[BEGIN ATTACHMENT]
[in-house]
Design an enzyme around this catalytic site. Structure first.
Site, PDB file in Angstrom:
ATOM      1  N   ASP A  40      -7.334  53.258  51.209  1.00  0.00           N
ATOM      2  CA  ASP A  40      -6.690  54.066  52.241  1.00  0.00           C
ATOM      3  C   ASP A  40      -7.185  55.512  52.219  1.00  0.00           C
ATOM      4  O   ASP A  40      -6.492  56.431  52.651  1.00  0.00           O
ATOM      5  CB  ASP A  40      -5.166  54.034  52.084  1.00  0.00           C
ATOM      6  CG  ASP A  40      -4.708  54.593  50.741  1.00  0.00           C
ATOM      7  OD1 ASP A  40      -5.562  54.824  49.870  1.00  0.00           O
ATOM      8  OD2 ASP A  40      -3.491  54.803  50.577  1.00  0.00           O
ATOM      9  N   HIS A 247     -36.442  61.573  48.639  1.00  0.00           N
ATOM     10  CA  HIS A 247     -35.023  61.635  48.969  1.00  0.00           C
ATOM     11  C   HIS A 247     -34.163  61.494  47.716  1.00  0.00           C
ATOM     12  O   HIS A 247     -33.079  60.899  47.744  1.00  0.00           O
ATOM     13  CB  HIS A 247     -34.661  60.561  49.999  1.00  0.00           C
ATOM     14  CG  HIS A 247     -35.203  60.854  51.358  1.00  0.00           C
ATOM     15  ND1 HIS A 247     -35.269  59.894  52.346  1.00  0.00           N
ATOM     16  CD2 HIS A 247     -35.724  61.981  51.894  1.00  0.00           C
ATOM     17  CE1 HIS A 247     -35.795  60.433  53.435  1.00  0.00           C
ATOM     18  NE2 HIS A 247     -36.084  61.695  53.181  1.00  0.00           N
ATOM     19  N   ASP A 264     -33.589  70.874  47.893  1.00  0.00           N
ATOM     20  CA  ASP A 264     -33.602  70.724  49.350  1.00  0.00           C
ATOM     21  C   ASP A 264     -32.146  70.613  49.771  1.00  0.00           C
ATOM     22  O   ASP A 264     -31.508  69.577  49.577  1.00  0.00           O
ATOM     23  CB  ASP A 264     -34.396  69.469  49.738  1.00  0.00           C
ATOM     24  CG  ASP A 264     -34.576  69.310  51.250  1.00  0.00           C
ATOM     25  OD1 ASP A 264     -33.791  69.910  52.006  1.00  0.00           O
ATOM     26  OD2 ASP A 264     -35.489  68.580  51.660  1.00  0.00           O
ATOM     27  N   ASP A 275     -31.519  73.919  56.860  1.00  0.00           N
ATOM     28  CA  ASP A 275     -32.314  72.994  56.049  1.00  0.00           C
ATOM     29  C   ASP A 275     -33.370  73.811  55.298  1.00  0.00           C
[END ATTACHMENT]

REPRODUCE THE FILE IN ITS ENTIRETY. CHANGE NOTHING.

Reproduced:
[in-house]
Design an enzyme around this catalytic site. Structure first.
Site, PDB file in Angstrom:
ATOM      1  N   ASP A  40      -7.334  53.258  51.209  1.00  0.00           N
ATOM      2  CA  ASP A  40      -6.690  54.066  52.241  1.00  0.00           C
ATOM      3  C   ASP A  40      -7.185  55.512  52.219  1.00  0.00           C
ATOM      4  O   ASP A  40      -6.492  56.431  52.651  1.00  0.00           O
ATOM      5  CB  ASP A  40      -5.166  54.034  52.084  1.00  0.00           C
ATOM      6  CG  ASP A  40      -4.708  54.593  50.741  1.00  0.00           C
ATOM      7  OD1 ASP A  40      -5.562  54.824  49.870  1.00  0.00           O
ATOM      8  OD2 ASP A  40      -3.491  54.803  50.577  1.00  0.00           O
ATOM      9  N   HIS A 247     -36.442  61.573  48.639  1.00  0.00           N
ATOM     10  CA  HIS A 247     -35.023  61.635  48.969  1.00  0.00           C
ATOM     11  C   HIS A 247     -34.163  61.494  47.716  1.00  0.00           C
ATOM     12  O   HIS A 247     -33.079  60.899  47.744  1.00  0.00           O
ATOM     13  CB  HIS A 247     -34.661  60.561  49.999  1.00  0.00           C
ATOM     14  CG  HIS A 247     -35.203  60.854  51.358  1.00  0.00           C
ATOM     15  ND1 HIS A 247     -35.269  59.894  52.346  1.00  0.00           N
ATOM     16  CD2 HIS A 247     -35.724  61.981  51.894  1.00  0.00           C
ATOM     17  CE1 HIS A 247     -35.795  60.433  53.435  1.00  0.00           C
ATOM     18  NE2 HIS A 247     -36.084  61.695  53.181  1.00  0.00           N
ATOM     19  N   ASP A 264     -33.589  70.874  47.893  1.00  0.00           N
ATOM     20  CA  ASP A 264     -33.602  70.724  49.350  1.00  0.00           C
ATOM     21  C   ASP A 264     -32.146  70.613  49.771  1.00  0.00           C
ATOM     22  O   ASP A 264     -31.508  69.577  49.577  1.00  0.00           O
ATOM     23  CB  ASP A 264     -34.396  69.469  49.738  1.00  0.00           C
ATOM     24  CG  ASP A 264     -34.576  69.310  51.250  1.00  0.00           C
ATOM     25  OD1 ASP A 264     -33.791  69.910  52.006  1.00  0.00           O
ATOM     26  OD2 ASP A 264     -35.489  68.580  51.660  1.00  0.00           O
ATOM     27  N   ASP A 275     -31.519  73.919  56.860  1.00  0.00           N
ATOM     28  CA  ASP A 275     -32.314  72.994  56.049  1.00  0.00           C
ATOM     29  C   ASP A 275     -33.370  73.811  55.298  1.00  0.00           C